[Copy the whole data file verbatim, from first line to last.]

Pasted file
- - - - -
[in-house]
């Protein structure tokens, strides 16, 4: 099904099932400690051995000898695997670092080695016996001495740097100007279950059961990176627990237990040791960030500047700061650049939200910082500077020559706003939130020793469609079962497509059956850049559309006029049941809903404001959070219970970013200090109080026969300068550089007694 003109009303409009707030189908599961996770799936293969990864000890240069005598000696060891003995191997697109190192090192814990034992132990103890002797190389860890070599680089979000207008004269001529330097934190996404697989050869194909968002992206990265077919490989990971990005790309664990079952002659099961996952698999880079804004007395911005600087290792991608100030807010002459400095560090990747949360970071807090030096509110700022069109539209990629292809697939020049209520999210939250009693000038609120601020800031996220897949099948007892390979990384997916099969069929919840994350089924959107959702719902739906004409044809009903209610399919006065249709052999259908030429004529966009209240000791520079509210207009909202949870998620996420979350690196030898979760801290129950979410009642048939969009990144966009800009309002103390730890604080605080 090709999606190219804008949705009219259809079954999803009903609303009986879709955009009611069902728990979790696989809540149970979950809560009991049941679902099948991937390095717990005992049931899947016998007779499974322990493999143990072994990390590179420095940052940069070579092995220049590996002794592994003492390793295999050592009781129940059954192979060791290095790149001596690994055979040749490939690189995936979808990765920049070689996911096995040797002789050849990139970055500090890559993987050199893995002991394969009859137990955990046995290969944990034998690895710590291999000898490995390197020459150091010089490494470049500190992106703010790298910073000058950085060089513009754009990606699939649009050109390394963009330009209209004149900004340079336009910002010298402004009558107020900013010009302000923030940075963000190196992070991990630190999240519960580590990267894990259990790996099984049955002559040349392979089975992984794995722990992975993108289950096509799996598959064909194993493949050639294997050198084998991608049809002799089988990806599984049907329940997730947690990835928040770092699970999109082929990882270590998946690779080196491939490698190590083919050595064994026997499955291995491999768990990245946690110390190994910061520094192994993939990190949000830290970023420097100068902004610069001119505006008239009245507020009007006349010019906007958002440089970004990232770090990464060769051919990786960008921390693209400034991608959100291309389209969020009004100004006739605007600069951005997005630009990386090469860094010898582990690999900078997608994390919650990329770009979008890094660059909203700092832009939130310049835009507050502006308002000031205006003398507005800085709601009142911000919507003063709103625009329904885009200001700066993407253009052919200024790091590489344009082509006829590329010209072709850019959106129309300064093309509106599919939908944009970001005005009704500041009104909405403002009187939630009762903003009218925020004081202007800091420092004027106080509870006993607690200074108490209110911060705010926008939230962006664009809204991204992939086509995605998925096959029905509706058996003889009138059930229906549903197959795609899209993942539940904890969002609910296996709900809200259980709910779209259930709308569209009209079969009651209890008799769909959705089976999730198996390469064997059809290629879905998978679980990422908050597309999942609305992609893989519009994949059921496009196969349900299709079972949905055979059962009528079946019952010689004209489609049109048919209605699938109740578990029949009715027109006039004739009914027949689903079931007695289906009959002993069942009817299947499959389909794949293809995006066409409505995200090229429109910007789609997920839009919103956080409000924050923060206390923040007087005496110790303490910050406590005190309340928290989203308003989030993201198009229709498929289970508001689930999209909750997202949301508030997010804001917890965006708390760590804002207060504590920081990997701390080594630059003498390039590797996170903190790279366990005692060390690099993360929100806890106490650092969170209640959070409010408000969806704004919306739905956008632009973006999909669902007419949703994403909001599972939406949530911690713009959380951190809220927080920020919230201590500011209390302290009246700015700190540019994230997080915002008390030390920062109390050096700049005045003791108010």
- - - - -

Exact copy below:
[in-house]
């Protein structure tokens, strides 16, 4: 099904099932400690051995000898695997670092080695016996001495740097100007279950059961990176627990237990040791960030500047700061650049939200910082500077020559706003939130020793469609079962497509059956850049559309006029049941809903404001959070219970970013200090109080026969300068550089007694 003109009303409009707030189908599961996770799936293969990864000890240069005598000696060891003995191997697109190192090192814990034992132990103890002797190389860890070599680089979000207008004269001529330097934190996404697989050869194909968002992206990265077919490989990971990005790309664990079952002659099961996952698999880079804004007395911005600087290792991608100030807010002459400095560090990747949360970071807090030096509110700022069109539209990629292809697939020049209520999210939250009693000038609120601020800031996220897949099948007892390979990384997916099969069929919840994350089924959107959702719902739906004409044809009903209610399919006065249709052999259908030429004529966009209240000791520079509210207009909202949870998620996420979350690196030898979760801290129950979410009642048939969009990144966009800009309002103390730890604080605080 090709999606190219804008949705009219259809079954999803009903609303009986879709955009009611069902728990979790696989809540149970979950809560009991049941679902099948991937390095717990005992049931899947016998007779499974322990493999143990072994990390590179420095940052940069070579092995220049590996002794592994003492390793295999050592009781129940059954192979060791290095790149001596690994055979040749490939690189995936979808990765920049070689996911096995040797002789050849990139970055500090890559993987050199893995002991394969009859137990955990046995290969944990034998690895710590291999000898490995390197020459150091010089490494470049500190992106703010790298910073000058950085060089513009754009990606699939649009050109390394963009330009209209004149900004340079336009910002010298402004009558107020900013010009302000923030940075963000190196992070991990630190999240519960580590990267894990259990790996099984049955002559040349392979089975992984794995722990992975993108289950096509799996598959064909194993493949050639294997050198084998991608049809002799089988990806599984049907329940997730947690990835928040770092699970999109082929990882270590998946690779080196491939490698190590083919050595064994026997499955291995491999768990990245946690110390190994910061520094192994993939990190949000830290970023420097100068902004610069001119505006008239009245507020009007006349010019906007958002440089970004990232770090990464060769051919990786960008921390693209400034991608959100291309389209969020009004100004006739605007600069951005997005630009990386090469860094010898582990690999900078997608994390919650990329770009979008890094660059909203700092832009939130310049835009507050502006308002000031205006003398507005800085709601009142911000919507003063709103625009329904885009200001700066993407253009052919200024790091590489344009082509006829590329010209072709850019959106129309300064093309509106599919939908944009970001005005009704500041009104909405403002009187939630009762903003009218925020004081202007800091420092004027106080509870006993607690200074108490209110911060705010926008939230962006664009809204991204992939086509995605998925096959029905509706058996003889009138059930229906549903197959795609899209993942539940904890969002609910296996709900809200259980709910779209259930709308569209009209079969009651209890008799769909959705089976999730198996390469064997059809290629879905998978679980990422908050597309999942609305992609893989519009994949059921496009196969349900299709079972949905055979059962009528079946019952010689004209489609049109048919209605699938109740578990029949009715027109006039004739009914027949689903079931007695289906009959002993069942009817299947499959389909794949293809995006066409409505995200090229429109910007789609997920839009919103956080409000924050923060206390923040007087005496110790303490910050406590005190309340928290989203308003989030993201198009229709498929289970508001689930999209909750997202949301508030997010804001917890965006708390760590804002207060504590920081990997701390080594630059003498390039590797996170903190790279366990005692060390690099993360929100806890106490650092969170209640959070409010408000969806704004919306739905956008632009973006999909669902007419949703994403909001599972939406949530911690713009959380951190809220927080920020919230201590500011209390302290009246700015700190540019994230997080915002008390030390920062109390050096700049005045003791108010």